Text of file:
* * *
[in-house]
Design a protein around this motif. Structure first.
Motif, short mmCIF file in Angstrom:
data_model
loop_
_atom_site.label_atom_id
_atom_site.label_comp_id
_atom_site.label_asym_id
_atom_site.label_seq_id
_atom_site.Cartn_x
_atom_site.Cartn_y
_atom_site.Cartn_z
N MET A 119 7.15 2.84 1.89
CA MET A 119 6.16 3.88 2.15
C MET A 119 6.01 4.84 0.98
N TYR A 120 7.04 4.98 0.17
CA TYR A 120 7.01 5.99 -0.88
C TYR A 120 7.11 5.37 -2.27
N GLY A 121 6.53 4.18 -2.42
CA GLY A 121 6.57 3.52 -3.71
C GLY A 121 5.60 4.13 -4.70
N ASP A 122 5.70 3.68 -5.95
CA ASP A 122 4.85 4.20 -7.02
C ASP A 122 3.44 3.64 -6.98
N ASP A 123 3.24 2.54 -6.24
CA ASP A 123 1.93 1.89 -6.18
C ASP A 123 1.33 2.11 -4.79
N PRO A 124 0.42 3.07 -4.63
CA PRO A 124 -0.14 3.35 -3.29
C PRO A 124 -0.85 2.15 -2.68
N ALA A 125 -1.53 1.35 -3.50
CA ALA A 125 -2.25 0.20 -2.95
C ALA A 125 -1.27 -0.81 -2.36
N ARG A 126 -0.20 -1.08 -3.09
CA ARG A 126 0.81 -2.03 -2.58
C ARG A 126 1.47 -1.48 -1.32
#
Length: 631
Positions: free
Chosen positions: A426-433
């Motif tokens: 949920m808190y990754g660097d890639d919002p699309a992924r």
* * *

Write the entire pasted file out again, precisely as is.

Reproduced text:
[in-house]
Design a protein around this motif. Structure first.
Motif, short mmCIF file in Angstrom:
data_model
loop_
_atom_site.label_atom_id
_atom_site.label_comp_id
_atom_site.label_asym_id
_atom_site.label_seq_id
_atom_site.Cartn_x
_atom_site.Cartn_y
_atom_site.Cartn_z
N MET A 119 7.15 2.84 1.89
CA MET A 119 6.16 3.88 2.15
C MET A 119 6.01 4.84 0.98
N TYR A 120 7.04 4.98 0.17
CA TYR A 120 7.01 5.99 -0.88
C TYR A 120 7.11 5.37 -2.27
N GLY A 121 6.53 4.18 -2.42
CA GLY A 121 6.57 3.52 -3.71
C GLY A 121 5.60 4.13 -4.70
N ASP A 122 5.70 3.68 -5.95
CA ASP A 122 4.85 4.20 -7.02
C ASP A 122 3.44 3.64 -6.98
N ASP A 123 3.24 2.54 -6.24
CA ASP A 123 1.93 1.89 -6.18
C ASP A 123 1.33 2.11 -4.79
N PRO A 124 0.42 3.07 -4.63
CA PRO A 124 -0.14 3.35 -3.29
C PRO A 124 -0.85 2.15 -2.68
N ALA A 125 -1.53 1.35 -3.50
CA ALA A 125 -2.25 0.20 -2.95
C ALA A 125 -1.27 -0.81 -2.36
N ARG A 126 -0.20 -1.08 -3.09
CA ARG A 126 0.81 -2.03 -2.58
C ARG A 126 1.47 -1.48 -1.32
#
Length: 631
Positions: free
Chosen positions: A426-433
């Motif tokens: 949920m808190y990754g660097d890639d919002p699309a992924r």